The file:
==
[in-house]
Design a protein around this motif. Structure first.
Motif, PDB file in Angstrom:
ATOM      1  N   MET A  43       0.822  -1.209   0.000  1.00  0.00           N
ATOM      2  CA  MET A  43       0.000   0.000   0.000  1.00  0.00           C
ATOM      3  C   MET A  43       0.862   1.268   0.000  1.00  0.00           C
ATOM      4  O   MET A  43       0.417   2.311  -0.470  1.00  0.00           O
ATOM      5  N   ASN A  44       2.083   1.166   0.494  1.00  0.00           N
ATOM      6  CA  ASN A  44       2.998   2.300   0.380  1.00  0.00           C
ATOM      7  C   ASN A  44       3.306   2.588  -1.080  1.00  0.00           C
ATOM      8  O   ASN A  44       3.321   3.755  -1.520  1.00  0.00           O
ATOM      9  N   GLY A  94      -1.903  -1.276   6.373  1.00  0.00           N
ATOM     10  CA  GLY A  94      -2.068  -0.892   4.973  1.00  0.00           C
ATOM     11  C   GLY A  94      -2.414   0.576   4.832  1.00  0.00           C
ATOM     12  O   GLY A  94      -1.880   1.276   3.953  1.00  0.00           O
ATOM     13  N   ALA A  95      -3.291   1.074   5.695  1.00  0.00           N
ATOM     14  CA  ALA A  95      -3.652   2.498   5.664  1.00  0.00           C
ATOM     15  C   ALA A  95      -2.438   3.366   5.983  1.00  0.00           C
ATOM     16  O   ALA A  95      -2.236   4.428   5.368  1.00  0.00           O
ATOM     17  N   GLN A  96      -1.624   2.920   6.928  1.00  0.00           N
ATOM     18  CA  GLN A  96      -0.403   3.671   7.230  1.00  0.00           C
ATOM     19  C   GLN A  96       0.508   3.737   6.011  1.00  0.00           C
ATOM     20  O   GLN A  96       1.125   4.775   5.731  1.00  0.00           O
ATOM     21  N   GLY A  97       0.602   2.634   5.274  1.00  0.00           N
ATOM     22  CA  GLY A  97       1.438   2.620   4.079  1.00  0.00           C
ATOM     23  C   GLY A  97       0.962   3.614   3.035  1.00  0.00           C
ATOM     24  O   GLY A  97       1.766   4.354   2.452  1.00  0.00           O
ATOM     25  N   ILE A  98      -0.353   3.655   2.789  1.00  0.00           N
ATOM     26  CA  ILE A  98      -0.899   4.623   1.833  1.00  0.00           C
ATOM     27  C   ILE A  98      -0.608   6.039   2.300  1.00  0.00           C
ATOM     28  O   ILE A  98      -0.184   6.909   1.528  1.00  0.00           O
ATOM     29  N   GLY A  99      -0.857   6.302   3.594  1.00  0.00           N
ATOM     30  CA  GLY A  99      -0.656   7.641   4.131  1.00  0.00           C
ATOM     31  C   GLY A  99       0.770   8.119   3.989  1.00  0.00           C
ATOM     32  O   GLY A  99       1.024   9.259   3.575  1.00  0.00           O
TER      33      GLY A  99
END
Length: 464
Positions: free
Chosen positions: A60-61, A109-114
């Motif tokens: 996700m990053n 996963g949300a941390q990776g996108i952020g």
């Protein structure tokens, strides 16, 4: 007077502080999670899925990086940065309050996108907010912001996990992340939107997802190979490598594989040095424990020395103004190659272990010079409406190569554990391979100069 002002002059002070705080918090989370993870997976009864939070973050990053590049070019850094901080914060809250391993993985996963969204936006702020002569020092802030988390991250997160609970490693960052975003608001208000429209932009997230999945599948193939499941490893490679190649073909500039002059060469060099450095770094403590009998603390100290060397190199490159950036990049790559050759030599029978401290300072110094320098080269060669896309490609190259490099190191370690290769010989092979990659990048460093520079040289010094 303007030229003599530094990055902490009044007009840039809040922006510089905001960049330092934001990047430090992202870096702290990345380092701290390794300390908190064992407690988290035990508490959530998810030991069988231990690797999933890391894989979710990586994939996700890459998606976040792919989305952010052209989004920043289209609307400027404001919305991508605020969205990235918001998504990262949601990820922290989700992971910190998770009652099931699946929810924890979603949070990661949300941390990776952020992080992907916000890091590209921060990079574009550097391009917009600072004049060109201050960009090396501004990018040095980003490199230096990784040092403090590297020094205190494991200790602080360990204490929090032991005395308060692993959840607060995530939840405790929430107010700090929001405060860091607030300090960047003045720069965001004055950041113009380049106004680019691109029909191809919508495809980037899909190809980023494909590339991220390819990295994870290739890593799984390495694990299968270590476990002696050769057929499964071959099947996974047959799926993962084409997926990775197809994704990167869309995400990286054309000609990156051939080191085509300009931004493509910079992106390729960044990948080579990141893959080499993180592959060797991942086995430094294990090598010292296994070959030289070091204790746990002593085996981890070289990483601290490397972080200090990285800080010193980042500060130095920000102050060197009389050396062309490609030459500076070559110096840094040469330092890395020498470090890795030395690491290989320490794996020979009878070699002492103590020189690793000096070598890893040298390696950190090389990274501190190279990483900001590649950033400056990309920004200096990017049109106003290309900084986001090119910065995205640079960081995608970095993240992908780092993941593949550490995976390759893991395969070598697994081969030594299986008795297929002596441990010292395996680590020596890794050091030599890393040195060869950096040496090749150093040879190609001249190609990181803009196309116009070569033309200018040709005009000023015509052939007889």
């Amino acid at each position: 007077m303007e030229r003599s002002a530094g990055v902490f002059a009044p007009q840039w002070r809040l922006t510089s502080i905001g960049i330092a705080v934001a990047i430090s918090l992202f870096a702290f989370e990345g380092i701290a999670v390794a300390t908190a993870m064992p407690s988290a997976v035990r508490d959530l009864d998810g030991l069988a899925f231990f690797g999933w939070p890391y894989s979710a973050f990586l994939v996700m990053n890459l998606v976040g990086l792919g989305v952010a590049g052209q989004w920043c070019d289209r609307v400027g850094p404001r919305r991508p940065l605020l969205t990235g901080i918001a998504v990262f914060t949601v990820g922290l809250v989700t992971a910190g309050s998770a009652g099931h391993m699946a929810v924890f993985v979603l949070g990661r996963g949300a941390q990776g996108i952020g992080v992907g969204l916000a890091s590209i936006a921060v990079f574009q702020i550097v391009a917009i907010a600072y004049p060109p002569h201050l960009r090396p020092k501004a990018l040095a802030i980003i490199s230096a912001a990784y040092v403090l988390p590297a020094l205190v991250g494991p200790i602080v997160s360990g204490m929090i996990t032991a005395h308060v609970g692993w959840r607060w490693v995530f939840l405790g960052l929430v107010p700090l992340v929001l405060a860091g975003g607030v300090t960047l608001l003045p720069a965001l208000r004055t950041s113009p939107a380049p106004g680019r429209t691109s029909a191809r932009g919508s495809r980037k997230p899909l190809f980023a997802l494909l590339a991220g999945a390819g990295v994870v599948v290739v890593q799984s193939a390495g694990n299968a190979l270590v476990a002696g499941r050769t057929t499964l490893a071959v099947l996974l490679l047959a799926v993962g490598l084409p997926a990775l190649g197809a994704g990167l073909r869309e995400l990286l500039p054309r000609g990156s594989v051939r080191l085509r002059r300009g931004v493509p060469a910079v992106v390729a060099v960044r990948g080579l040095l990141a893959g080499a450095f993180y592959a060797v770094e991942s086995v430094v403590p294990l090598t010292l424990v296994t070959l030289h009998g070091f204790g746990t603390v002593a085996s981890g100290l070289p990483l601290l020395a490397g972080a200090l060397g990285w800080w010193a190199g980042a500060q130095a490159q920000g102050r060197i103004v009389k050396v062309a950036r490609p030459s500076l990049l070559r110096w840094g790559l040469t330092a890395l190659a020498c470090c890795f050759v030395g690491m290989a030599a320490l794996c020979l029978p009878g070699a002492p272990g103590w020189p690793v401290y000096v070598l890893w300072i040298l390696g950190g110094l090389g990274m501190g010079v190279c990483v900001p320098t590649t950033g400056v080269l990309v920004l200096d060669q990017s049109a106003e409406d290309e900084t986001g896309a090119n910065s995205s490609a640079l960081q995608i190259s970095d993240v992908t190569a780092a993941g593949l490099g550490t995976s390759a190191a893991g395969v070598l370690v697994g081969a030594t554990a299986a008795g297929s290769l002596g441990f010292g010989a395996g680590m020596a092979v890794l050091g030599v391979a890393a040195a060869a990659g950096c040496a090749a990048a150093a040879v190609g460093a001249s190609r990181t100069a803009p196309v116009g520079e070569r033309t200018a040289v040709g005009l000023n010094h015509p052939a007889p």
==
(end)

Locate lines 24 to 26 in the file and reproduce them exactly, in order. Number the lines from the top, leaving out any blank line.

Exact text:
ATOM     21  N   GLY A  97       0.602   2.634   5.274  1.00  0.00           N
ATOM     22  CA  GLY A  97       1.438   2.620   4.079  1.00  0.00           C
ATOM     23  C   GLY A  97       0.962   3.614   3.035  1.00  0.00           C